13. On May 18, 2000, Respondent sent a letter to Mr. Roberts which states, in part, as follows:

I do not take probates on an hourly basis, however, so there will be no hard feelings in your time of grieving, please accept this letter as notice that I will complete all probate matters in both Jaime[']s and Denise's probates for a total of $5,000.00.   That is substantially less than the 1/313 that we originally agreed upon.   I was not trying to take advantage of you, so let's leave it at that.

14. On May 21, 2000, Mr. Roberts issued a facsimile transmission to the Respondent requesting “a complete itemized statement listing all services” involving the estates of Denise and Jaime Roberts.   Mr. Roberts also indicates in this facsimile transmission that he would review the information supplied in response to his requests by contacting the Respondent regarding payment․

15.  On June 5, 2000, Mr. Roberts issued a facsimile transmission to the Respondent discharging him and again requesting an itemized statement of the services rendered․

In Counts I and II, the Inquiry Commission charged Movant, in the alternative, with violations of SCR 3.130-1.5(a) 1 for either “pursuing a one-third (1/313) contingent fee in connection with the representation involving the estates of Jaime and Denise Roberts” (Count I) or “by pursuing a one-third contingent fee to recover the insurance proceeds arising out of the motor vehicle accident” (Count II).   Count III alleged that Movant had violated SCR 3.130-1.5(c) 2 “by failing to have a written contingent fee agreement with Mr. Roberts.”   Count IV alleged that Movant had violated SCR 3.130-8.3(c) 3 “by attempting to impose a one-third (1/313) contingent fee upon Mr. Roberts when Respondent knew he was not entitled to the fee.”

Movant admits that his actions were in violation of SCR 3.130-1.5(a) and SCR 3.130-1.5(c) as alleged in Counts II and III of the Inquiry Commission's Charge, but denies that he charged a one-third (1/313) contingency fee in connection with the probate matter as alleged in Count I and that he engaged in conduct involving dishonesty, fraud, deceit or misrepresentation as alleged in Count IV. Movant thus moves this Court to issue a public reprimand and to terminate the disciplinary proceedings against him.   The Kentucky Bar Association, through bar counsel, states no objection to the Movant's motion and asks this Court to grant Movant's motion.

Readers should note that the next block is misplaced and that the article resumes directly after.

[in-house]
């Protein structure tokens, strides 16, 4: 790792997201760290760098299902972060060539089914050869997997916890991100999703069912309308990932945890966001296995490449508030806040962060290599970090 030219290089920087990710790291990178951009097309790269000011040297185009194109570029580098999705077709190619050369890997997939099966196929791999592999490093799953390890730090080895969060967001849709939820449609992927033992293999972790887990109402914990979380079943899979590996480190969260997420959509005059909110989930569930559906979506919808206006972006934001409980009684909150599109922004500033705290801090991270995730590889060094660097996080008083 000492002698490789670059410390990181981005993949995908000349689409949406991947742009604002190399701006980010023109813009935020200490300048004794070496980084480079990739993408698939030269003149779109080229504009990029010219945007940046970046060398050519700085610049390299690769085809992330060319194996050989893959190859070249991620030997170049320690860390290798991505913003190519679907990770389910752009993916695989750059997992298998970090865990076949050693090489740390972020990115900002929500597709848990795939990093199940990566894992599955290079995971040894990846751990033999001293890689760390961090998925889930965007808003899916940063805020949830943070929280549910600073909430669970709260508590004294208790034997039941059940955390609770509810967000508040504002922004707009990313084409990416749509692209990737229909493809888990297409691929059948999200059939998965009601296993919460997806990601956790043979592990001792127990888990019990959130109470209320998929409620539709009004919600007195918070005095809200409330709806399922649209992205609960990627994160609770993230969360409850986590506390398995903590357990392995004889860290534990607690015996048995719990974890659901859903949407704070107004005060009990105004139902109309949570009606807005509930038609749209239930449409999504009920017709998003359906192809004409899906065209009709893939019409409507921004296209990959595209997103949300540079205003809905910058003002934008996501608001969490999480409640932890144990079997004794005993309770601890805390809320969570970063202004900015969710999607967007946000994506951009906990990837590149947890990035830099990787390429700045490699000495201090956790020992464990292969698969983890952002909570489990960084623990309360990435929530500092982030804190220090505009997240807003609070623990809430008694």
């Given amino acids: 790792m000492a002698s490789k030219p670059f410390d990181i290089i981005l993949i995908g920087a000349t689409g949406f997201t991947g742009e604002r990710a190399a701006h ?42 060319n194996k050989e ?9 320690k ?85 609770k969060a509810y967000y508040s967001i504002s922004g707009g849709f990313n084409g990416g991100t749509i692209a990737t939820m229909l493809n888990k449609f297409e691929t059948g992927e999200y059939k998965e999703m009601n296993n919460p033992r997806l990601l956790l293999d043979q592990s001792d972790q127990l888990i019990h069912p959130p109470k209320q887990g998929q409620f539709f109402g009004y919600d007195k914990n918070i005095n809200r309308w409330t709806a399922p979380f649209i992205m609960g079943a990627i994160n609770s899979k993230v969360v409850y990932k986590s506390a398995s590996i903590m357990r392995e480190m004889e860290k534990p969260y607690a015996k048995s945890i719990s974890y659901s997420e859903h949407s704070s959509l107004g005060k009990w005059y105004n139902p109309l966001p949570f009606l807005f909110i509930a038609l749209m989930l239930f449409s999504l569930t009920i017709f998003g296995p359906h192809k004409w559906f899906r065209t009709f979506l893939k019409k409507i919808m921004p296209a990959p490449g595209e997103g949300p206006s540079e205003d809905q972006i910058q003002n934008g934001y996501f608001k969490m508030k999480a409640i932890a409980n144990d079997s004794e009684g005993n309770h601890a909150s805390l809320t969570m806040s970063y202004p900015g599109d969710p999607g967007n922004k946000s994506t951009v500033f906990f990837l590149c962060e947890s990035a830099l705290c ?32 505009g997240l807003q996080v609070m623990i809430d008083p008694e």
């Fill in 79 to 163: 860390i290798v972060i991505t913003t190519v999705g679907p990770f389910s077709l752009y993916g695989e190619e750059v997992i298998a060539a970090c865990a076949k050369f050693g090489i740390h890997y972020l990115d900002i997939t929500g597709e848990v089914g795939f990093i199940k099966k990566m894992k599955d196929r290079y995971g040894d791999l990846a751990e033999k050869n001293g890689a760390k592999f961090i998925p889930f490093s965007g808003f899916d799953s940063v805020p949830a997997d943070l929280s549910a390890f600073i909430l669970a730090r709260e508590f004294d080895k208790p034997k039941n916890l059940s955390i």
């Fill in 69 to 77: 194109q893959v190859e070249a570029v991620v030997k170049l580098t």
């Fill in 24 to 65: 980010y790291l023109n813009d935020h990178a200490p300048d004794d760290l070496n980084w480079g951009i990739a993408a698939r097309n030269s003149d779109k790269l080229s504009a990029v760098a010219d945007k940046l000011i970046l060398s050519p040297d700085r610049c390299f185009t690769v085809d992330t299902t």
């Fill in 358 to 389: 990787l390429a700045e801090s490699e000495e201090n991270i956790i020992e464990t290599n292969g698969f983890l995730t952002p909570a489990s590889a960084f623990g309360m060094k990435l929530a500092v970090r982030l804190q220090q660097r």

IT IS THEREFORE ORDERED THAT:

(1) Movant, Wade Lynn Rasner, be and hereby is publicly reprimanded after having acknowledged that he engaged in unprofessional conduct as charged in Counts II and III, and such discipline shall terminate the KBA File # 8066 disciplinary proceedings against Movant.

(2) In accordance with SCR 3.450, Movant is directed to pay all costs associated with these disciplinary proceedings against him, said sum being $13.33, and for which execution may issue from this Court upon finality of this Opinion and Order.

Entered:  October 25, 2001.

/s/ Joseph E. Lambert

CHIEF JUSTICE

FOOTNOTES

1.   This rule provides:A lawyer's fee shall be reasonable.   Some factors to be considered in determining the reasonableness of a fee include the following:(1) The time and labor required, the novelty and difficulty of the questions involved, and the skill requisite to perform the legal service properly;(2) The likelihood, that the acceptance of the particular employment will preclude other employment by the lawyer;(3) The fee customarily charged in the locality for similar legal services;(4) The amount involved and the results obtained;(5) The time limitations imposed by the client or by the circumstances;(6) The nature and length of the professional relationship with the client;(7) The experience, reputation, and ability of the lawyer or lawyers performing the services;  and(8) Whether the fee is fixed or contingent.SCR 3.130-1.5(a).

2.   This rule provides:A fee may be contingent on the outcome of the matter for which the service is rendered, except in a matter in which a contingent fee is prohibited by paragraph (d) or other law.   Such a fee must meet the requirements of Rule 1.5(a).   A contingent fee agreement shall be in writing and should state the method by which the fee is to be determined, including the percentage or percentages that shall accrue to the lawyer in the event of settlement, trial or appeal, litigation and other expenses to be deducted from the recovery, and whether such expenses are to be deducted before or after the contingent fee is calculated.   Upon recovery of any amount in a contingent fee matter, the lawyer shall provide the client with a written statement stating the outcome of the matter and showing the remittance to the client and the method of its determination.SCR 3.130-1.5(c) (emphasis added).

3.   The rule provides:It is professional misconduct for a lawyer to:․(c) Engage in conduct involving dishonesty, fraud, deceit or misrepresentation[.]SCR 3.130-8.3(c).

All concur.